Acute myeloid leukemia (FAB-M2) with a masked type of t(8;21) translocation revealed by spectral karyotyping.

Int J Hematol 2002 Nov;76(4):338-43

We report a case of acute myeloid leukemia (AML), M2 subtype according to the French-American-British (FAB) classification, with extramedullary myeloblastoma of the uterus and a masked type of variant translocation of t(8;21)(q22;q22). A 45-year-old Japanese woman presented with metrorrhagia, and AML (M2) with uterine invasion was diagnosed. The patient received an allogeneic peripheral blood stem cell transplantation after remission, and her pelvis was irradiated locally. Cytogenetic study at first showed t(8;17)(q22;p13) by G-banding. Spectral karyotyping (SKY) analysis modified this interpretation to a 3-way translocation involving chromosomes 8,17, and 21 and identified a masked type of variant t(8;21)(q22;q22) translocation. Results of fluorescence in situ hybridization using the AML1/ETO probe, and of detection of the AML1/ETO fusion transcript by reverse transcriptase-polymerase chain reaction were consistent with the karyotyping result. SKY analysis is useful to compensate for the limitations of cytogenetic studies.
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http://dx.doi.org/10.1007/BF02982693DOI Listing
November 2002

Establishment of a primary effusion lymphoma cell line (RM-P1) and in vivo growth system using SCID mice.

Int J Hematol 2002 Aug;76(2):165-72

Second Department of Internal Medicine, Faculty of Medicine, University of the Ryukus, Nishihara, Okinawa, Japan.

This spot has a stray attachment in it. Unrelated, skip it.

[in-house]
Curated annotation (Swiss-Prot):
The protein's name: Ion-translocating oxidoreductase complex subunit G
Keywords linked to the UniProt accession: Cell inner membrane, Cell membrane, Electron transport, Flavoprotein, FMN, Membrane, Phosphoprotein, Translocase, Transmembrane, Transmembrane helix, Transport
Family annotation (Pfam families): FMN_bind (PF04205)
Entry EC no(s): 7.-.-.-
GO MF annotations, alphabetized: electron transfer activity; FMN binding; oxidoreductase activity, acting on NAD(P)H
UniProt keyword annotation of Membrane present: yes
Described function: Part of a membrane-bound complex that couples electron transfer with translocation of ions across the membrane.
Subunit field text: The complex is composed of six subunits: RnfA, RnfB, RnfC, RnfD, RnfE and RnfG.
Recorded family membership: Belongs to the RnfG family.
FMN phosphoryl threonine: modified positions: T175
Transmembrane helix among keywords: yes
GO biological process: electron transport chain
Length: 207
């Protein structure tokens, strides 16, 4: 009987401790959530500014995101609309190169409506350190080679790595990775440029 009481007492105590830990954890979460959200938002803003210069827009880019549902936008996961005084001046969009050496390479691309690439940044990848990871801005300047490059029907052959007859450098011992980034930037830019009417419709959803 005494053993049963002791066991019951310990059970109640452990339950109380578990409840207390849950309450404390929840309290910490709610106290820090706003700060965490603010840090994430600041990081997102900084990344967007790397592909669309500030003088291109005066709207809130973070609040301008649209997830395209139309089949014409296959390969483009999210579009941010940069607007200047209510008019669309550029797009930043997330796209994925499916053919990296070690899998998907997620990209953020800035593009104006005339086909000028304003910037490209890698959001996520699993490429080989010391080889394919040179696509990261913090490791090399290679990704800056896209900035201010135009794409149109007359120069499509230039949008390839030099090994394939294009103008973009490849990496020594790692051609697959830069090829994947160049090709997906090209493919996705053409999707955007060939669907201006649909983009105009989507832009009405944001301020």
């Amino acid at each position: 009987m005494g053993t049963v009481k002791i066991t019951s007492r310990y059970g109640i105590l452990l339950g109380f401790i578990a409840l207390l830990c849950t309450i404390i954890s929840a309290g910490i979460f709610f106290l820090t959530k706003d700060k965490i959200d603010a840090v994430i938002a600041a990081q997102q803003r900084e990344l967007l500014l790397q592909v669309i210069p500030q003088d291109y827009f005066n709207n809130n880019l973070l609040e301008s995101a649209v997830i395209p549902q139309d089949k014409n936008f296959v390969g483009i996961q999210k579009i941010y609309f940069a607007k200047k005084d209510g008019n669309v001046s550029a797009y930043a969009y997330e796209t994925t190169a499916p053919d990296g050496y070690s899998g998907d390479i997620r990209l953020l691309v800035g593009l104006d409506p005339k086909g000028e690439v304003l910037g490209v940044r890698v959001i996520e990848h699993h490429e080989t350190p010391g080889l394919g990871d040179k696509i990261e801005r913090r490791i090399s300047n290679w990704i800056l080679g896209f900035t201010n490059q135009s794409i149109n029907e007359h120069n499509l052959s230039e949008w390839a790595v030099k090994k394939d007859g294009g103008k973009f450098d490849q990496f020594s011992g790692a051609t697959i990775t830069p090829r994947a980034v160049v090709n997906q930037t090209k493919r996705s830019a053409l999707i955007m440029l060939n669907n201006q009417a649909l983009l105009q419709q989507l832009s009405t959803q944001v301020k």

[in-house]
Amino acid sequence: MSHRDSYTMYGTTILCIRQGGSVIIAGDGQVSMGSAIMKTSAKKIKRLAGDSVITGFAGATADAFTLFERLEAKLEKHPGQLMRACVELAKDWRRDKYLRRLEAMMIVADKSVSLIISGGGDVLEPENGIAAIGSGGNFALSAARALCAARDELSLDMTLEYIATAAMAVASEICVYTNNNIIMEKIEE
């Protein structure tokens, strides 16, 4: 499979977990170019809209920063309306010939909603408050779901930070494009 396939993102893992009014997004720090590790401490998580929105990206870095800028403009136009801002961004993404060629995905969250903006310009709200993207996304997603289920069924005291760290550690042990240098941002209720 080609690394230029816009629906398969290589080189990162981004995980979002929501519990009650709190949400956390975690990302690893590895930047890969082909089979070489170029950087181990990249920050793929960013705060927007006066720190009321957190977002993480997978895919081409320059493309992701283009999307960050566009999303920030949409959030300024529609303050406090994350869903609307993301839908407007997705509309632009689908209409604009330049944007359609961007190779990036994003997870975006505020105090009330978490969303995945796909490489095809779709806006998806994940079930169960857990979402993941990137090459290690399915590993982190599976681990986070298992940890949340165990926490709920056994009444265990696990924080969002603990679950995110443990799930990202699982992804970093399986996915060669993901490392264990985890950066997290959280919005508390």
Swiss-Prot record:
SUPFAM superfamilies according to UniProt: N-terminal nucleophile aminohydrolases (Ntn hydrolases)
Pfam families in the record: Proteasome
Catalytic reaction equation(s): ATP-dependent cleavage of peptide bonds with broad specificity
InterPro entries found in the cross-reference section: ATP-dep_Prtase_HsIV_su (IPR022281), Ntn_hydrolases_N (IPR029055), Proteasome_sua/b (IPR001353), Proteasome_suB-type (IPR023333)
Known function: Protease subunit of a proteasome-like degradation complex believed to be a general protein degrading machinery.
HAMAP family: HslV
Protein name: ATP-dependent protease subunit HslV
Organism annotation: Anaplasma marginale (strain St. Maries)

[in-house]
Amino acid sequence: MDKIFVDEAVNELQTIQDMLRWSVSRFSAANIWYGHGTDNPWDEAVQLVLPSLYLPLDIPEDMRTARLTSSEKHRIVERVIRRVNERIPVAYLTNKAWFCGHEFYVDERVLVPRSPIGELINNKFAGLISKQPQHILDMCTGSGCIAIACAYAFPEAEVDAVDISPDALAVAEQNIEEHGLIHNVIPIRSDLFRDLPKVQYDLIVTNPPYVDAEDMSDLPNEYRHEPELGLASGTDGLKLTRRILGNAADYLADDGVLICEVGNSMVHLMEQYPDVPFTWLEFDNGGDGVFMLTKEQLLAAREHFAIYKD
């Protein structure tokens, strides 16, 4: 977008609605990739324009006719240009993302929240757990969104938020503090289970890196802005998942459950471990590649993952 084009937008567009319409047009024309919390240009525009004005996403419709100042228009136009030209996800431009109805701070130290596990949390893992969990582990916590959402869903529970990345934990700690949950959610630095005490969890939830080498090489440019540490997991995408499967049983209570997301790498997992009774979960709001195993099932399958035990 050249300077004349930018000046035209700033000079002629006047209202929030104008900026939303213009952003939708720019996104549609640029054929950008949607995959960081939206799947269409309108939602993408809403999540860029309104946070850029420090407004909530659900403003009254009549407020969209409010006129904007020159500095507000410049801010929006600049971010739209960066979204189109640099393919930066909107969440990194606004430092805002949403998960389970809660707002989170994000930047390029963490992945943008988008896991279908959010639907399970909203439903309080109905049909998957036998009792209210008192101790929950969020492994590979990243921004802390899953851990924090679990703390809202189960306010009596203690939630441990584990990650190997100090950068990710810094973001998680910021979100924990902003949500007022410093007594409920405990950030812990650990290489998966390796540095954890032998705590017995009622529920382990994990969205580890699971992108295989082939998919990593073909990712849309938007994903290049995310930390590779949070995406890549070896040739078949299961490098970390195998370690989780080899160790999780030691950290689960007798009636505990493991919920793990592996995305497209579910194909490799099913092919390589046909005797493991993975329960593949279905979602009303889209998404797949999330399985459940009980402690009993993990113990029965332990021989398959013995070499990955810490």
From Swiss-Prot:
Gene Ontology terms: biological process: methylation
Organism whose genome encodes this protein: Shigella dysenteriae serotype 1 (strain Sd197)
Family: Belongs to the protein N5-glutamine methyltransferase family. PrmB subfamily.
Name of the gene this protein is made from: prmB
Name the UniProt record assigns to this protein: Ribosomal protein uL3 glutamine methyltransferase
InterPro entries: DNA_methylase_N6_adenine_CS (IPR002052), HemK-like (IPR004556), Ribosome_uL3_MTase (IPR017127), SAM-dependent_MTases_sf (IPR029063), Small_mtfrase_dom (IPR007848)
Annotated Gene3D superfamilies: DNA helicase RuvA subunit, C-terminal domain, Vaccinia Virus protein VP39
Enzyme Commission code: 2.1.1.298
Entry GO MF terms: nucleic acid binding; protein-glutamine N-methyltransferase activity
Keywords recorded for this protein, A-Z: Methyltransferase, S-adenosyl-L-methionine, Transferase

Primary effusion lymphoma (PEL) is recognized as a unique lymphoma entity, which occurs exclusively in body cavities as a serous lymphomatous effusion without tumor formation or organ infiltration. We established a cell line of B-cell origin from a pericardial effusion of a 63-year-old Japanese PEL patient who did not have human immunodeficiency virus infection. This PEL cell line had human herpesvirus-8 (HHV-8) and Epstein-Barr virus (EBV) infection. We named this cell line RM-P1. This cell line showed complex chromosomal abnormalities that could not be identified by G-banding. However, spectral karyotyping analysis determined the origin and organization of all unidentified chromosomal abnormalities. When inoculated into the peritoneal cavity of 8 severe combined immunodeficiency (SCID) mice depleted of natural killer cells, RM-P1 cells induced solid tumor with ascites in all animals tested. These tumor and ascitic cells had the same immunogenotypic features as those of the original RM-P1. These 2 types of cells were positive for both HHV-8 and EBV as demonstrated using polymerase chain reaction. Fluorescence-activated cell sorting analyses showed that neither tumors nor ascitic cells grown in SCID mice expressed leukocyte function-associated antigen (LFA)-1alpha (CD11a), LFA-1lbeta (CD18), LFA-2 (CD2), LFA-3 (CD58), intercellular adhesion molecule (ICAM)-1 (CD54), ICAM-2 (CD102), ICAM-3 (CD50), or leukocyte endothelial adhesion molecule (LECAM)-1 (CD62L), suggesting that these cytoadhesion molecules are not involved in tumor formation of RM-P1 cells in vivo. The establishment of the RM-P1 cell line and the animal model of PEL may provide insights for understanding the relationship between these viruses and PEL and for understand the mechanism for PEL.
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http://dx.doi.org/10.1007/BF02982580DOI Listing
August 2002